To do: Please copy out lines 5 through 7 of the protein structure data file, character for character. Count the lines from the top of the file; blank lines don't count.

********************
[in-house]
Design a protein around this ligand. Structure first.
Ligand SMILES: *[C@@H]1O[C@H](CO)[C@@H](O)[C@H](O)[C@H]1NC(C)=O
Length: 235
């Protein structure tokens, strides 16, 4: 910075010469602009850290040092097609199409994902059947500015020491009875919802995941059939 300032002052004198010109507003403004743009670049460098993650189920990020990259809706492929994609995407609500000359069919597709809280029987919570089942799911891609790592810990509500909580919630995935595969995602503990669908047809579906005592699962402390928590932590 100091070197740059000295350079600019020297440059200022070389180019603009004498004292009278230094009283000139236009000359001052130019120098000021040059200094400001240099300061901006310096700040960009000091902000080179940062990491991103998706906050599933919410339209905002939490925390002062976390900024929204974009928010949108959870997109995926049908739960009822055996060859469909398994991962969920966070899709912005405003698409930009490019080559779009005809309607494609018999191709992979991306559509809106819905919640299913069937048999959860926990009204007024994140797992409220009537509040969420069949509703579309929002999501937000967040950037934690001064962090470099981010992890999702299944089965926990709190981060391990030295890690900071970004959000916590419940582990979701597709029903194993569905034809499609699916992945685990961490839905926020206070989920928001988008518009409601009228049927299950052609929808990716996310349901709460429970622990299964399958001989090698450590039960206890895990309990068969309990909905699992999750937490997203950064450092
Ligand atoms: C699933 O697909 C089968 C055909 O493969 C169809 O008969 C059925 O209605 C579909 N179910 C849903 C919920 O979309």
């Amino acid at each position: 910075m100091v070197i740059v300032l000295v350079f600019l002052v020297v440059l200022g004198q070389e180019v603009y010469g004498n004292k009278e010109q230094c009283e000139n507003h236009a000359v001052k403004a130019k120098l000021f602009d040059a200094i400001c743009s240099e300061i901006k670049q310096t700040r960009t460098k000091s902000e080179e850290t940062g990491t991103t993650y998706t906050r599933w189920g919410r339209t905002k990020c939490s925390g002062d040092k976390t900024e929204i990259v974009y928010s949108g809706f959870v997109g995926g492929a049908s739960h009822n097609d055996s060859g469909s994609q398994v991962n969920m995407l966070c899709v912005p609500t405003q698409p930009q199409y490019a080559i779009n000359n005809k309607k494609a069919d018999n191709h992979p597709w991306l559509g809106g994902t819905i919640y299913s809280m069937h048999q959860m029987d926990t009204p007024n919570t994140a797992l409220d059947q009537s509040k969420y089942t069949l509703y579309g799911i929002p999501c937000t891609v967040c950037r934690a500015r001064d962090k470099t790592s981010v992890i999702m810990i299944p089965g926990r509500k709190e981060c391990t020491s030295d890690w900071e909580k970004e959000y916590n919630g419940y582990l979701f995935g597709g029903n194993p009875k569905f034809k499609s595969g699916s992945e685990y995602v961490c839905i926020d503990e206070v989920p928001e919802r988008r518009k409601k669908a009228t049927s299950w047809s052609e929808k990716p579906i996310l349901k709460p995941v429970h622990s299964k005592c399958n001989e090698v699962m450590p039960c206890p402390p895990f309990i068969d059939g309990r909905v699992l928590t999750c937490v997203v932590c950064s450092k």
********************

């Protein structure tokens, strides 16, 4: 910075010469602009850290040092097609199409994902059947500015020491009875919802995941059939 300032002052004198010109507003403004743009670049460098993650189920990020990259809706492929994609995407609500000359069919597709809280029987919570089942799911891609790592810990509500909580919630995935595969995602503990669908047809579906005592699962402390928590932590 100091070197740059000295350079600019020297440059200022070389180019603009004498004292009278230094009283000139236009000359001052130019120098000021040059200094400001240099300061901006310096700040960009000091902000080179940062990491991103998706906050599933919410339209905002939490925390002062976390900024929204974009928010949108959870997109995926049908739960009822055996060859469909398994991962969920966070899709912005405003698409930009490019080559779009005809309607494609018999191709992979991306559509809106819905919640299913069937048999959860926990009204007024994140797992409220009537509040969420069949509703579309929002999501937000967040950037934690001064962090470099981010992890999702299944089965926990709190981060391990030295890690900071970004959000916590419940582990979701597709029903194993569905034809499609699916992945685990961490839905926020206070989920928001988008518009409601009228049927299950052609929808990716996310349901709460429970622990299964399958001989090698450590039960206890895990309990068969309990909905699992999750937490997203950064450092
Ligand atoms: C699933 O697909 C089968 C055909 O493969 C169809 O008969 C059925 O209605 C579909 N179910 C849903 C919920 O979309």
């Amino acid at each position: 910075m100091v070197i740059v300032l000295v350079f600019l002052v020297v440059l200022g004198q070389e180019v603009y010469g004498n004292k009278e010109q230094c009283e000139n507003h236009a000359v001052k403004a130019k120098l000021f602009d040059a200094i400001c743009s240099e300061i901006k670049q310096t700040r960009t460098k000091s902000e080179e850290t940062g990491t991103t993650y998706t906050r599933w189920g919410r339209t905002k990020c939490s925390g002062d040092k976390t900024e929204i990259v974009y928010s949108g809706f959870v997109g995926g492929a049908s739960h009822n097609d055996s060859g469909s994609q398994v991962n969920m995407l966070c899709v912005p609500t405003q698409p930009q199409y490019a080559i779009n000359n005809k309607k494609a069919d018999n191709h992979p597709w991306l559509g809106g994902t819905i919640y299913s809280m069937h048999q959860m029987d926990t009204p007024n919570t994140a797992l409220d059947q009537s509040k969420y089942t069949l509703y579309g799911i929002p999501c937000t891609v967040c950037r934690a500015r001064d962090k470099t790592s981010v992890i999702m810990i299944p089965g926990r509500k709190e981060c391990t020491s030295d890690w900071e909580k970004e959000y916590n919630g419940y582990l979701f995935g597709g029903n194993p009875k569905f034809k499609s595969g699916s992945e685990y995602v961490c839905i926020d503990e206070v989920p928001e919802r988008r518009k409601k669908a009228t049927s299950w047809s052609e929808k990716p579906i996310l349901k709460p995941v429970h622990s299964k005592c399958n001989e090698v699962m450590p039960c206890p402390p895990f309990i068969d059939g309990r909905v699992l928590t999750c937490v997203v932590c950064s450092k």